UK consumer price inflation jumped much more sharply than expected in October, driven by a rise in university tuition fees and higher food prices.
ANDREW GOODWIN, E&Y ITEM CLUB
This is a very nasty surprise. We had expected inflation to pick up in October because of the rise in tuition fees and food prices, but the scale of the increase was surprisingly large.
Unfortunately we cannot write this off as a one-off as the tuition fees effect will now be in the index until next year. And with the impact of the recent increases in domestic energy bills set to hit the index next month, it looks as if inflation is going to remain in the 2.5-3pc range for the remainder of the year.
But further out we are still confident that inflation will slow back towards the target. And because of the causes of the October increase, it could be argued that these figures aren’t quite as bad for household finances as they may first appear. They represent a significant squeeze for those affected directly by the tuition fee increase, however the vast majority of people will not have been impacted.
However, even allowing for this, it is clear that the influence of higher food and energy prices will be felt by consumers. The easing of inflationary pressures throughout the summer had translated into a stronger consumer performance, but there is a danger that this will stutter as we move into winter, adding another reason to be concerned about the Q4 growth figures.
Even when you allow for the rise in education fees, it still appears that price pressures have firmed up a bit. One of the other interesting things about this release, is that it was quite early in terms of price collection date so the utility bill rise that we thought might be in the October data wasn't in there, so it will be in next month's, so it also suggests we're going to get a firmer headline rate of inflation over the next couple of months as well.
The bottom line is that I think more QE from the Bank of England is now off the table unless circumstances change or deteriorate.
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They are a little bit disappointing, higher than expected, above the range. Ironically, we had the tuition fee increases that are roughly what we expected and the surprise for us was the extent of the food price increase and also to some extent the transportation numbers.
Half the rise is an administered price increase if you like, it reflects a legislative change in terms of university fees ... I don't think it's a game changer, I don't think it's going to alter the policy outlook, they (the Bank of England) seem to be pausing on QE or further loosening anyway.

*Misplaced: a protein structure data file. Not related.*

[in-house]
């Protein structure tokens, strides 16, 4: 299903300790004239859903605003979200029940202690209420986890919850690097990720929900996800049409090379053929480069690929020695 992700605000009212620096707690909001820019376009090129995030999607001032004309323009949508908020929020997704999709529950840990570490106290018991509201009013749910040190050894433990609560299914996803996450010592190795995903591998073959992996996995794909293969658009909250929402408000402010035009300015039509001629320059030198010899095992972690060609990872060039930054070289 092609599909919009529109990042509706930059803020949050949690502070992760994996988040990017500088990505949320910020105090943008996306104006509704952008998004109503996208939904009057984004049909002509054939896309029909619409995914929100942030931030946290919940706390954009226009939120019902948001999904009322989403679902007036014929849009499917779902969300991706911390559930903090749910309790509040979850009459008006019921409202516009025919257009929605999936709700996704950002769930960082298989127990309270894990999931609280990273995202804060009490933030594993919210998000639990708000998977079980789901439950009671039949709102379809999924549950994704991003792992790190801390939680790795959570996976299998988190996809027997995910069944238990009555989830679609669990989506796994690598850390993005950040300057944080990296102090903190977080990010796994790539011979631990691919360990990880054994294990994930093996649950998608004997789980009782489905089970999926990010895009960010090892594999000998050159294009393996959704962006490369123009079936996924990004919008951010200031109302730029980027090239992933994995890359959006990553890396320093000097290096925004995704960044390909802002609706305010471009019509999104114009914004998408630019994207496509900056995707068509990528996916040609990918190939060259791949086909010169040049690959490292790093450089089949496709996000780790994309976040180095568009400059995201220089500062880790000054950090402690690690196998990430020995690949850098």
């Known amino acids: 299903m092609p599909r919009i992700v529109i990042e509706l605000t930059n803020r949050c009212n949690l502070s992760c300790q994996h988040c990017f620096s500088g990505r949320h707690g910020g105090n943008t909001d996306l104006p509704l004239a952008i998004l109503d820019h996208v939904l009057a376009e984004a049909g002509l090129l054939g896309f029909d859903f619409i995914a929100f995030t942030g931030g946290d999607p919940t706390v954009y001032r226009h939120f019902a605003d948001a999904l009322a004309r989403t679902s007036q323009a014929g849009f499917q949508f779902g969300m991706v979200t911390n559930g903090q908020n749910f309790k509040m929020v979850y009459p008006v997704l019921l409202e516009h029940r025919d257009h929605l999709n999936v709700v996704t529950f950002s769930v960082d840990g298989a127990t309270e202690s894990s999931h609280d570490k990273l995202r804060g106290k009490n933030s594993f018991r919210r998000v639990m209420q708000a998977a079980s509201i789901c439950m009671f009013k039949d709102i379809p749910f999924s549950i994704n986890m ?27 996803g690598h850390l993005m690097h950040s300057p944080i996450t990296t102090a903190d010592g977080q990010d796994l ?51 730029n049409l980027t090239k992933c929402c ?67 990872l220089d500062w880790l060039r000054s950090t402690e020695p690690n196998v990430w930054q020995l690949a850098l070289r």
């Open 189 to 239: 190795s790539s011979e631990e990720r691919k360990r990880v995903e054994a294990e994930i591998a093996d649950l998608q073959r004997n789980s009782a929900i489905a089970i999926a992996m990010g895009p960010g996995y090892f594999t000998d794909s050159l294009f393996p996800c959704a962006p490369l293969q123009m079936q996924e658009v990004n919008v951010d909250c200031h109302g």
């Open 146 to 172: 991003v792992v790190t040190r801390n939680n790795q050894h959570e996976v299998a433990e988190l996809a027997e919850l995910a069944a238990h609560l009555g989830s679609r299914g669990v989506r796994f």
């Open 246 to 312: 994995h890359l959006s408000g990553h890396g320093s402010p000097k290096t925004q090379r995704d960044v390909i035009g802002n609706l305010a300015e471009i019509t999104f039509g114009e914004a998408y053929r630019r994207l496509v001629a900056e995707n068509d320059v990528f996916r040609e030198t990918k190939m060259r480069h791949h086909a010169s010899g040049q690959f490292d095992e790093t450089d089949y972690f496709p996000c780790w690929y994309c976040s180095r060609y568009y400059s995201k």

ALAN CLARKE, SCOTIABANK
I'm a little surprised. We knew university tuition hikes were coming but the extent to which this is reflected in the data is dramatically bigger than when we've had increases in the past.
Where do we go from here? Onwards and upwards. Utility bill increases are on their way. We've also got the effect of the US drought and increased food prices to factor in. I don't think we're going to get anything like the 2 per cent inflation target.
JAMES KNIGHTLEY, ING
We expect to see further increases in the annual rate of inflation given that agriculture prices have been rising sharply while utility providers have announced steep rises in gas and electricity prices, the majority of which will come into effect in early December. As a result, we could see inflation moving back up to 3pc by January.
Nonetheless, we expect inflation to drift lower again thereafter. Sterling strength should help limit the threat of inflation from overseas while falling inflation expectations and subdued wage growth means that domestically generated inflation pressures should remain benign.
With global growth set to stay modest we also suspect that upside pressure on commodity prices will subside while corporate pricing power remains limited.
So with medium-term inflation prospects likely to remain non-threatening, the Bank of England can continue to offer policy stimulus ... We expect the Bank of England to expand its Asset Purchase Facility again, with the first quarter of 2013 our favoured timing point, but the tone of tomorrow's BoE's Inflation Report press conference will allow us to firm up our expectations for the timing a little better.
It is disappointing that inflation increased in October. Inflation remains much lower than its peak of 5.2 per cent last September.